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Vienna dog

Vienna dog

USA 2016 - with Greta Gerwig, Danny DeVito, Kieran Culkin, Charlie Tahan, Clara Mamet ...

The Frankfurt-Tipp rating:

Movie info

Original title:Wiener-Dog
Genre:Comedy, Drama
Direction:Todd Solondz
Cinema release:28.07.2016
Production country:USA 2016
Running time:Approx. 88 min.
Rated:From 12 years

Director Todd Solondz (Welcome to the Madhouse) is known for his somewhat quirky, non-conformist films. He continues that tradition in his latest, Wiener Dog. In the episodic film, he follows a dachshund lady as she visits her various masters and mistresses, whose lives are given a little comfort and joy by the dog. First, Wiener-Dog comes to little Remi (Keaton Nigel Cooke), whose love for the four-legged friend has fatal consequences after a brief, enjoyable time together: After eating granola bars, the dachshund lady ends up at the vet to be euthanized. But Dawn Wiener (Greta Gerwig) knows how to prevent that. She kidnaps the dog from the clinic and feeds her up again. Wiener Dog now witnesses how her rescuer meets an old classmate (Kieran Culkin) and unceremoniously joins him on a trip to Oregon. After this adventurous trip, she ends up in New York with a washed-up screenwriter (Danny DeVito) who is still hoping for his big Hollywood break. And finally, Wiener Dog sits on the lap of a grumpy old lady (Ellen Burstyn) who gets one of those rare visits from her granddaughter (Zosia Mamet) - because she needs money for her boyfriend's art project, of course.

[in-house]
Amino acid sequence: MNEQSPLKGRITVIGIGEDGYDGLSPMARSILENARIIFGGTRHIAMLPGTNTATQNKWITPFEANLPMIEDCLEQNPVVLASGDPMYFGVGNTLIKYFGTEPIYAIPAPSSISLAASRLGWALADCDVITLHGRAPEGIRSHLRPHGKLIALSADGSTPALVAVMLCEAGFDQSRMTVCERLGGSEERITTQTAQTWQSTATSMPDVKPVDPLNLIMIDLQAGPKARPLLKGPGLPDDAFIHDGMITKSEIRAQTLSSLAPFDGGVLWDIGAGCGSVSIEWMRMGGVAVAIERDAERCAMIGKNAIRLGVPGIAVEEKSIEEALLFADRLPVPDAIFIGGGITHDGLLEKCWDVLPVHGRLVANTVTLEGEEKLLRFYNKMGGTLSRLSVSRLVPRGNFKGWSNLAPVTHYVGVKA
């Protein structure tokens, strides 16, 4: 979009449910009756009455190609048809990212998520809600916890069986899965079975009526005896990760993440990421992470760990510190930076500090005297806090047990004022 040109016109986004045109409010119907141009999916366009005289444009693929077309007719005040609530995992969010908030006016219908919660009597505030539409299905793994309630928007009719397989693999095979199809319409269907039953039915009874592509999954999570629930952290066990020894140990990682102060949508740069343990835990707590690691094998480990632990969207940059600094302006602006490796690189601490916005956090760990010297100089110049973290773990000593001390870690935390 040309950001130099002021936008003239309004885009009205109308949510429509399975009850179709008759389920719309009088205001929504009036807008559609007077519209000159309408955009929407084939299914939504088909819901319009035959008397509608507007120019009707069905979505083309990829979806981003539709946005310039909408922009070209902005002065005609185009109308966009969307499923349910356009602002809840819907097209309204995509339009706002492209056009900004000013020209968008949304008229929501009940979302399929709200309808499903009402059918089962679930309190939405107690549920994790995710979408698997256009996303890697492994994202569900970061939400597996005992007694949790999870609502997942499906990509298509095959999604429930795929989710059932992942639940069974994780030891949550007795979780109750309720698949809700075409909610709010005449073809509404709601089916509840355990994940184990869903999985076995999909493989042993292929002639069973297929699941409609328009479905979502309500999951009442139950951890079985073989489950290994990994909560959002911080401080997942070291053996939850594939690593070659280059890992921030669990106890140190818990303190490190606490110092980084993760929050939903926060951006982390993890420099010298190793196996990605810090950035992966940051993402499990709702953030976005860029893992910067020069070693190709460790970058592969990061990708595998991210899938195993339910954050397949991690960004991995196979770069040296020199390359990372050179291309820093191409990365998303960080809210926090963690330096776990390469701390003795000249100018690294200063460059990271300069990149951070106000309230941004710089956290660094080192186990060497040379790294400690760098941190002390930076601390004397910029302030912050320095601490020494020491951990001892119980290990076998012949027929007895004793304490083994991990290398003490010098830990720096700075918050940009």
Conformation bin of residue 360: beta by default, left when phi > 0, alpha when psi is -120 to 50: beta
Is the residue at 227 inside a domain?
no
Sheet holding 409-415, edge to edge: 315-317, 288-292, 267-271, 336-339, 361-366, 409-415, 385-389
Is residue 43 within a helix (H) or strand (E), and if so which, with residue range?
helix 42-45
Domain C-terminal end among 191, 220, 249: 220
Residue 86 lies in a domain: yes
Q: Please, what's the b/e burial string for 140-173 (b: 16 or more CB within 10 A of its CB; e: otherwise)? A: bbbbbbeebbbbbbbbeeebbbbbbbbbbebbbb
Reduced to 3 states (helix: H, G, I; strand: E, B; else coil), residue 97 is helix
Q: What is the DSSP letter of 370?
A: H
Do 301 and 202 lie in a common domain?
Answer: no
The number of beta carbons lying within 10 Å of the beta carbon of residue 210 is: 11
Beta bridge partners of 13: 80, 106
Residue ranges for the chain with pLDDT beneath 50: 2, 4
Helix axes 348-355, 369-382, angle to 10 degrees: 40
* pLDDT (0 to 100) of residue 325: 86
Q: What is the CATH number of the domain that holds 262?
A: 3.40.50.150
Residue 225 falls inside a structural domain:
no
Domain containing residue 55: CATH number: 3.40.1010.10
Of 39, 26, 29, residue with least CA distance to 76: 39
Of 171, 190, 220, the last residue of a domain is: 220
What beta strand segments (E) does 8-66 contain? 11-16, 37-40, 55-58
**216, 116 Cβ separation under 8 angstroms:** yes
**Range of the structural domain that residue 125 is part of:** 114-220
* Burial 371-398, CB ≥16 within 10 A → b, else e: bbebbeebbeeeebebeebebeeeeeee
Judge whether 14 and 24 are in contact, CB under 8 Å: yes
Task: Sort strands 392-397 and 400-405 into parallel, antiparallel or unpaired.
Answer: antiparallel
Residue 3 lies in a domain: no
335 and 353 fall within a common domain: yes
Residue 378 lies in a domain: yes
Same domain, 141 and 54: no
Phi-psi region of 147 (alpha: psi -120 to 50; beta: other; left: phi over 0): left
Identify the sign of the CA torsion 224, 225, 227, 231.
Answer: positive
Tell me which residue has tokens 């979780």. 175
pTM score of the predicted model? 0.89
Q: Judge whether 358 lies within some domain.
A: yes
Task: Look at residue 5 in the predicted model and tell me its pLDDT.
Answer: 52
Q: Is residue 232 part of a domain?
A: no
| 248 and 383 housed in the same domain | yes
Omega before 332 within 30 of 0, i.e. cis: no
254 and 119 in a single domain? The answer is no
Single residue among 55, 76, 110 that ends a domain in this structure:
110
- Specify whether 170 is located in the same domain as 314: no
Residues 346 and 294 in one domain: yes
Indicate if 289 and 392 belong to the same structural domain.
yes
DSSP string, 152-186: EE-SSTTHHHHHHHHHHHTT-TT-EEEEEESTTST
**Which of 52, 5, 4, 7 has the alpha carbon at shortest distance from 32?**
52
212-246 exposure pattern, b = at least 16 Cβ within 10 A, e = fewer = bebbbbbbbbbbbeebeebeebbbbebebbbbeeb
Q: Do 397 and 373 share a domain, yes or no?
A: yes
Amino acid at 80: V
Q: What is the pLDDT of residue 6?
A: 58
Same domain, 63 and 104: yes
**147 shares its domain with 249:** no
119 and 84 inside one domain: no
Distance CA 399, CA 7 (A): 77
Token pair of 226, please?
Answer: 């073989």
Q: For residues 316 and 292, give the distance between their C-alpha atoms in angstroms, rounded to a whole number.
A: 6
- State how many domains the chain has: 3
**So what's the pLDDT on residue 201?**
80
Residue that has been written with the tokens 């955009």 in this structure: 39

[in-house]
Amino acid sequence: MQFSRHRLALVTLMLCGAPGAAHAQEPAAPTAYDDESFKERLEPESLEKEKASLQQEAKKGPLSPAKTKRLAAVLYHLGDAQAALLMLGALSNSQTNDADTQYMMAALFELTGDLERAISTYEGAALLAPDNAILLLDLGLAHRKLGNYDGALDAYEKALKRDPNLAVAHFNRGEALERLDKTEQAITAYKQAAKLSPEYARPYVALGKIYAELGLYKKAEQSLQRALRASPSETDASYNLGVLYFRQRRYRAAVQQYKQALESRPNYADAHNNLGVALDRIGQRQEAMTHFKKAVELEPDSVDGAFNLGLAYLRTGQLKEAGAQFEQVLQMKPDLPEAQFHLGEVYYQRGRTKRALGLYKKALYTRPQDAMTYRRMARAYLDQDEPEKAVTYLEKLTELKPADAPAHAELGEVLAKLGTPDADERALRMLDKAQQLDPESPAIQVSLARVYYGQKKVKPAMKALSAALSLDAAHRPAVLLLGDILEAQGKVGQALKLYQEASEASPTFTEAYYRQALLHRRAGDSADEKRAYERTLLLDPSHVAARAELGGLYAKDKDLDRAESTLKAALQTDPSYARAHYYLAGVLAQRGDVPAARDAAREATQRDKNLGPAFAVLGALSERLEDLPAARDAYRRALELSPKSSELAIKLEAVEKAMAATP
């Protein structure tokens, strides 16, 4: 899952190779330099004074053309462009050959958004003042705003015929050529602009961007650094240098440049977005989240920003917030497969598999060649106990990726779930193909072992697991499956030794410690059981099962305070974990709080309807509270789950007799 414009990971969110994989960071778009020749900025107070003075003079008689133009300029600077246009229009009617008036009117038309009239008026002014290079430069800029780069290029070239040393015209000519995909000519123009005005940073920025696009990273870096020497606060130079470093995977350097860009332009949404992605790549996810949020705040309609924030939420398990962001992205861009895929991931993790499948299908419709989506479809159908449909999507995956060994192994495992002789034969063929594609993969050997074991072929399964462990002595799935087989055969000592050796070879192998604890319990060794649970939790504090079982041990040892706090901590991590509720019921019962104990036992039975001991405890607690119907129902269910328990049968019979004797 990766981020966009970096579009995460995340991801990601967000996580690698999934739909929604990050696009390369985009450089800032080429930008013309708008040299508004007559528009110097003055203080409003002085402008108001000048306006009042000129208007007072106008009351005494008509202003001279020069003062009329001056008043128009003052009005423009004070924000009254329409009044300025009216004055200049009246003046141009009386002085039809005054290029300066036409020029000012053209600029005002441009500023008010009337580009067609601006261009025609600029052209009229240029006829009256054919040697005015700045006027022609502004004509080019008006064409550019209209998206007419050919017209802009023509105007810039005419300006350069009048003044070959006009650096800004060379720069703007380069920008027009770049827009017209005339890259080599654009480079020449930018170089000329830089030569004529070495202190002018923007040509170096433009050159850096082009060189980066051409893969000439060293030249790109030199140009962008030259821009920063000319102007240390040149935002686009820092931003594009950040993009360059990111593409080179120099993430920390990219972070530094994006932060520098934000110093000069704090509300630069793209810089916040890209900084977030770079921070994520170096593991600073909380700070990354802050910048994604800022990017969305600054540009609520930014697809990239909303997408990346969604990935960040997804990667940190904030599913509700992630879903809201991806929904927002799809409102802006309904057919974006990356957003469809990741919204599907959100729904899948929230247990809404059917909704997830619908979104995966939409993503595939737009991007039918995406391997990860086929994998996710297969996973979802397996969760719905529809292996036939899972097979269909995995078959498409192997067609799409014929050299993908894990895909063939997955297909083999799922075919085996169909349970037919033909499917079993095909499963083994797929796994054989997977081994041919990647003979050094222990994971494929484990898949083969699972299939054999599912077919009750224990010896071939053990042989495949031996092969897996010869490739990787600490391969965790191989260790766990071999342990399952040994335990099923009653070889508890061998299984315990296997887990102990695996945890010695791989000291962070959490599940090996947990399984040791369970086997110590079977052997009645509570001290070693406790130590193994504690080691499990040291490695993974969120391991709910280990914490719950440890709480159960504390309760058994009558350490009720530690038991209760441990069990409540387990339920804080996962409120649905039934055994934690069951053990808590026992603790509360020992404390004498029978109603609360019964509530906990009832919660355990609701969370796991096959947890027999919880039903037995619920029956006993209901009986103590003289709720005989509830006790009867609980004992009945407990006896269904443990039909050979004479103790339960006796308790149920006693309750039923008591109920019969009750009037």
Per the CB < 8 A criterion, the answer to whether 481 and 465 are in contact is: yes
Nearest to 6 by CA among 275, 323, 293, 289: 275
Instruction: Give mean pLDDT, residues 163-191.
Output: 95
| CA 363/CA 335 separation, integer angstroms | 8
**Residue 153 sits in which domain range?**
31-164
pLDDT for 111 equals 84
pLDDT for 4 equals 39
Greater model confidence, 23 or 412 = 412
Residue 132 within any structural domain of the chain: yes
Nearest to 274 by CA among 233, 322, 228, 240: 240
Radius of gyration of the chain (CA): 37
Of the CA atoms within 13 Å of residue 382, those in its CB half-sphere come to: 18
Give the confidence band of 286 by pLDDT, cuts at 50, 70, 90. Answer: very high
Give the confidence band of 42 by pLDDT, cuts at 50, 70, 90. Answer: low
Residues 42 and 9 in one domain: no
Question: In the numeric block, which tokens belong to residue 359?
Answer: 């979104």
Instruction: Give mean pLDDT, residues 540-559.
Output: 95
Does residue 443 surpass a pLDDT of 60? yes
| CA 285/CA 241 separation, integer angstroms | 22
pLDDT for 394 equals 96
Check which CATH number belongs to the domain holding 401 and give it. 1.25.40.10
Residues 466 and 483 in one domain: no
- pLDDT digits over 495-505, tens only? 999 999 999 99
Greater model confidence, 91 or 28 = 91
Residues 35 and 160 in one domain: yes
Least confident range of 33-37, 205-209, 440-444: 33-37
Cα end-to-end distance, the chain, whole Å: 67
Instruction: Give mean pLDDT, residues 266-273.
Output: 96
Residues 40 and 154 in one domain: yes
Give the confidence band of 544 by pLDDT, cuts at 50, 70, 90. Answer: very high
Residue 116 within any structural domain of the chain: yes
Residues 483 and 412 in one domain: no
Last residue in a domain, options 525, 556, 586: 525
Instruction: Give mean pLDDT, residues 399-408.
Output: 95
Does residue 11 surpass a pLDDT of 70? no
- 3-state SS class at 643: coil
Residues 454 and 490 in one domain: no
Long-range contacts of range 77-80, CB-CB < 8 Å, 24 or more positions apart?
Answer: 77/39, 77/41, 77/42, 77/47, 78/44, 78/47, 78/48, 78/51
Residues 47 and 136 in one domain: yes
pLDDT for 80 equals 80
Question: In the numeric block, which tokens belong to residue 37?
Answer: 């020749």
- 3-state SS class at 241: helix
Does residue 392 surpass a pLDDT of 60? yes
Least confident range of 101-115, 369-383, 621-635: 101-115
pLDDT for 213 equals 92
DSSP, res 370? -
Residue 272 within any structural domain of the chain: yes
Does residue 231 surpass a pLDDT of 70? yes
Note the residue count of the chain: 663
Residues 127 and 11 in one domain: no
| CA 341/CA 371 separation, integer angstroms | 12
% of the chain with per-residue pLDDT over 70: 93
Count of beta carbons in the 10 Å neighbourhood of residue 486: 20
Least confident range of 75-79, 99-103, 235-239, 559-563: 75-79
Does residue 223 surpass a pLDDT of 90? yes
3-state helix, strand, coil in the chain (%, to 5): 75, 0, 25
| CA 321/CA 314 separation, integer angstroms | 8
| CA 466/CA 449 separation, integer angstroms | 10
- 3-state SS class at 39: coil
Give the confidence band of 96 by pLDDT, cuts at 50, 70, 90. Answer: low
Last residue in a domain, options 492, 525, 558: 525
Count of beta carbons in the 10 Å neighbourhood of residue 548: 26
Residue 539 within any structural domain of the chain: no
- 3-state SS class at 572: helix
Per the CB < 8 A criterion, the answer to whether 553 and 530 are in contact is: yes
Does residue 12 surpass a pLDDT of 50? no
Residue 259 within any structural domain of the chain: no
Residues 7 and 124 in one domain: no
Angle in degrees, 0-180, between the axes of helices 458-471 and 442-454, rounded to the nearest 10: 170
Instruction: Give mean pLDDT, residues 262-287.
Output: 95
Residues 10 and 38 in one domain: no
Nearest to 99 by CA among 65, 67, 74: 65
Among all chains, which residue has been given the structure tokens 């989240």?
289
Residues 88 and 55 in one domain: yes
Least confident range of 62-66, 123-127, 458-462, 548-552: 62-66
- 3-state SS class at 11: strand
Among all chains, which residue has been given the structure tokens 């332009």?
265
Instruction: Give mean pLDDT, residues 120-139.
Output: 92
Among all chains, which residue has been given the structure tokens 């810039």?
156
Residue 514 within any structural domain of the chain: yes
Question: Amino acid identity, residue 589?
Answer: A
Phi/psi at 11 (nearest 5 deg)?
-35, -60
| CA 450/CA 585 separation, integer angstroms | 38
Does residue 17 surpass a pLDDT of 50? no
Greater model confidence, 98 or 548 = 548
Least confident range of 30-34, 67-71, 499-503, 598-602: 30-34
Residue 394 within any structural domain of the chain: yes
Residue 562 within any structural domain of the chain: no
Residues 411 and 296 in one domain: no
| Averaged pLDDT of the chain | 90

With plenty of black humor, profound satire and a touch of melancholy, Todd Solondz has directed a very unique piece of American arthouse cinema. Through the eyes of a dog, the viewer can take an unvarnished look at various facets of American society. The focus is not on slick ideals, but on people with flaws or those who are marginalized because of age or disability. Her stories are well-observed snapshots, filled with enigmatic dialogue and bitter humor.

This doesn't necessarily make for hearty laughter, but for an amused smirk almost throughout, only occasionally masked by a certain sadness. This is particularly evident in the episode where Wiener Dog lives in pain with the screenwriter wonderfully embodied by Danny DeVito. One look at the sad face of the man disappointed in life is enough to freeze any smile on the spot. But again, in his own unique way, Solondz manages to keep the viewer from falling into an emotional abyss by giving the episode a wonderfully wicked twist.

Admittedly, the film's humour is very particular and those who can't relate to the narrative pace, the somewhat artificial dialogue and the very unique visual language are unlikely to enjoy this very unusual journey of a dachshund. But if you have a soft spot for unusual auteur cinema, if you like abysmal humor and bizarre stories, you shouldn't miss this little arthouse gem. Absolutely worth seeing!

An article by Frankfurt-Tipp


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Cinema trailer for the movie "Vienna dog (USA 2016)"
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